Monday, February 05, 2007

Splitting Sibilngs When One Needs Residential Care

A question from an adoption supervisor:

What is your thought regarding finding an adoptive home for a sibling group if one or two of the siblings are in RTC? Do you think we should just separate and go on, wait for the kids to get out of RTC, or ask a family to adopt the "sure thing" kids [the ones who are ready for adoption] and consider the "unknown" [the ones who aren't ready for adoption now and may or may not ever be] kids?

7 Comments:

Blogger Sbadeau said...

I think a family should be recruited for the entire sibling group. Even those in residential treatment need a family - to visit them, to communicate with them, to give them a sense of hope and a future, to be part of the treatment team, to assist in decision making - so many reasons. I talk to professionals and prospective parents about this a lot. I liken it to having a parent in a nursing home - just because a family member is in need of the services and level of care that a residential facility provides does not mean that they are no longer in need of the connections, relationships and emotional resources that only a family can provide.

7:56 AM  
Blogger jpoultney said...

I have worked in residential for Fifteen years prior to moving to adoption. I can honestly say that there are times when I would have recommended that you split up sibling groups. THere are some children that should not have to have permanency delayed due to the overwhelming needs of other siblings and honestly not a lot of families can handle the needs of a child who has been in residential. It usually takes a very dedicated family. The bright spot for me is that there is usually one person for every child that just loves them, understands them, and can works miracles that other people can't. So you do not need to give up on the child in residential and you do all that you can to maintain contact for that child with their siblings.

8:45 AM  
Blogger Think Tank Moderator said...

Martha, a Texas adoption worker says:

Yes, Go with the siblings that are free for adoption. Just make sure that the ado. family is open to contact with RTC child, and can meet the ado children's needs if they feel a parental responsibility to the RTC child.

12:40 PM  
Blogger Think Tank Moderator said...

Brenda, a manager for Collaborative Practice and Programs from Canada writes;

The last vestige of attachment that children have is their siblings. I would love to say that siblings should never be separated but I know that would prevent permanency for many children.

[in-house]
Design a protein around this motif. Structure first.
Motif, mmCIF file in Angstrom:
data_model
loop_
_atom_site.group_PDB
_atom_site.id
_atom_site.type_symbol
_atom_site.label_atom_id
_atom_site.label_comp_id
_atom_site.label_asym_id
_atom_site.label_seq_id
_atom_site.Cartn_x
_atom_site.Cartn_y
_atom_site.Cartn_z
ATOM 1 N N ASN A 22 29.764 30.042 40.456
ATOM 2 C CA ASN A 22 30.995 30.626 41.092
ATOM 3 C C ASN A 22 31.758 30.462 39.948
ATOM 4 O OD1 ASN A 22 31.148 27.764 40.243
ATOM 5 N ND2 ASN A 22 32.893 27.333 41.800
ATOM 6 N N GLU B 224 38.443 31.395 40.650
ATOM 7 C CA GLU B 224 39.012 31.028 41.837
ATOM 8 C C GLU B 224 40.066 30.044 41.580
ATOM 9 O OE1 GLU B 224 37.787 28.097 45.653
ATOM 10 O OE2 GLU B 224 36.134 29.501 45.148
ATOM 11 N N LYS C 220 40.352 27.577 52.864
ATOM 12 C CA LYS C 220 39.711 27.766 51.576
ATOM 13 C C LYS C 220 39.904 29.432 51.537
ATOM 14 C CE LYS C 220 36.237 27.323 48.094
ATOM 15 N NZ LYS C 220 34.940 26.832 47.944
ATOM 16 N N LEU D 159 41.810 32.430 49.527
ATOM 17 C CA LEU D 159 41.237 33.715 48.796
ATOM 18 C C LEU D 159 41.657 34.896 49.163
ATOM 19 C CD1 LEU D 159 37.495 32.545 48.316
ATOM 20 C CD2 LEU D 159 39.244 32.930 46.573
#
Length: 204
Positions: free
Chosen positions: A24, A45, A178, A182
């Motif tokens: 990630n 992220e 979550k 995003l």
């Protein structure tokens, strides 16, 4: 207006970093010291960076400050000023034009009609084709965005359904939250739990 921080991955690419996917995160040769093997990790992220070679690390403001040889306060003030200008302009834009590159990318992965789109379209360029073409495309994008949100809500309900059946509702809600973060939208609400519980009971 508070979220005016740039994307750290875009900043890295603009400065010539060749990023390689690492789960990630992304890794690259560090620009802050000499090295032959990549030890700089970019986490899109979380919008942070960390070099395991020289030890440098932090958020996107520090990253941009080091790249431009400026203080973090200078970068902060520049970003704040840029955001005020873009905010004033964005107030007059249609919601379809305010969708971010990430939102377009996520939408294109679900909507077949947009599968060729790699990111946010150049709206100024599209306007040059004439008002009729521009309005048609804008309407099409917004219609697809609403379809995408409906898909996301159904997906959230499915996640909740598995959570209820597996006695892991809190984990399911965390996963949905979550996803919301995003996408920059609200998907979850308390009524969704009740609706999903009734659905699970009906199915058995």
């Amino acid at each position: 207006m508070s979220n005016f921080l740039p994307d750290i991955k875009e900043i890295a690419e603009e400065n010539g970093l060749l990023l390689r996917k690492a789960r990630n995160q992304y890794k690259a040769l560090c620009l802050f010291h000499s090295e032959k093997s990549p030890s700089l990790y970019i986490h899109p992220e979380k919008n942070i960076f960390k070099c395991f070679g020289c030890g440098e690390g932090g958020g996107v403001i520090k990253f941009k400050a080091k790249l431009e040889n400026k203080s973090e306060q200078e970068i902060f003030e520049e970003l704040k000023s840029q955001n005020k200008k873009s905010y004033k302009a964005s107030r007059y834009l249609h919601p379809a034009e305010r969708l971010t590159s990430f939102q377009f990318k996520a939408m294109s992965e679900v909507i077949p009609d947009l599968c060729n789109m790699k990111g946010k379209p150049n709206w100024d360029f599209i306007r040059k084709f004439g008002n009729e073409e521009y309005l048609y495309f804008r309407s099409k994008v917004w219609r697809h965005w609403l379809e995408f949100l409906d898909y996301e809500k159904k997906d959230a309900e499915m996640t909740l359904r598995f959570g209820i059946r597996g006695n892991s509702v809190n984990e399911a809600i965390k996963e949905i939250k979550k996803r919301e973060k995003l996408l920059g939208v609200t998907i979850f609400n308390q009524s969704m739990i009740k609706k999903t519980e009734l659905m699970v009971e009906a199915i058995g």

I would say separating siblings should only occur under very unique and special circumstances such as one child who is much older and who does not want to be adopted, or one very high special needs child who is preventing the rest of the siblings form being adopted.

If a decision to separate is made, then there must be frequent and ongoing openness between he siblings and homes that keep the children in close proximity must be paramount.

12:45 PM  
Blogger Think Tank Moderator said...

Kate, an adoptive parent comments:

Depends on why the child is in the RTC. Has the child perpetrated abuse on his siblings? Do the siblings fear him/her? Is the child in RTC much older without a close relationship to the sibs, and has never lived under the same roof? In that case, I would say to split the group.
But if it is desirable to reunite the sibs at some point, I think the best solution is to present them as a group to potential adoptive parents. The potential family should get all relevant information on all the kids, and should meet with the child in RTC. Then, the family should be able to adopt the non-RTC kids with the understanding that upon discharge from the RTC, the other child will join them as an adoptive placement (or, if it seems likely the child will be in and out of RTCs until age 18, joining the family under guardianship or as a foster child may be more appropriate).

2:25 PM  
Blogger Erica said...

I agree that a family should be recruited for the entire sibling group. While it could delay permanency for the sibs who are not in residential, the fact remains that sibling bonds need to be maintained. The sibling bond is often the strongest bond we have, and children in care rely on these bonds more than others, I would argue.
With regards to sibs who do not currently have close ties, I do not think this should allow us to split the group. We need to give them the chance to develop those bonds.
Also, with regards to one sibling who has abused the others, perhaps I am naive (or idealistic!) but I don't think this necessarily precludes placing the sibs together. With proper counseling and a committed family, it could work. (Or couldn't -- it depends on the situation, of course.)
Thank you for the opportunity to share.

5:20 PM  
Blogger Think Tank Moderator said...

Deborah Hage comments:

Those children healthy enough to be placed in an adoptive home should be placed without any expectation that the adoptive family will also accept the sibling in RTC. When the child in RTC is released then the adoptive home could be asked if it was interested in meeting the child and hearing about the child but there should be no pressure placed on the adoptive family to accept the unknown child. Otherwise you compromise the placement of healthy children in some vague hope that the child who has already demonstrated behavior unacceptable to a family will be able to join the family in the future. That is way too unsure a thing to subject healthy kids, ready to be adopted.

6:11 AM  

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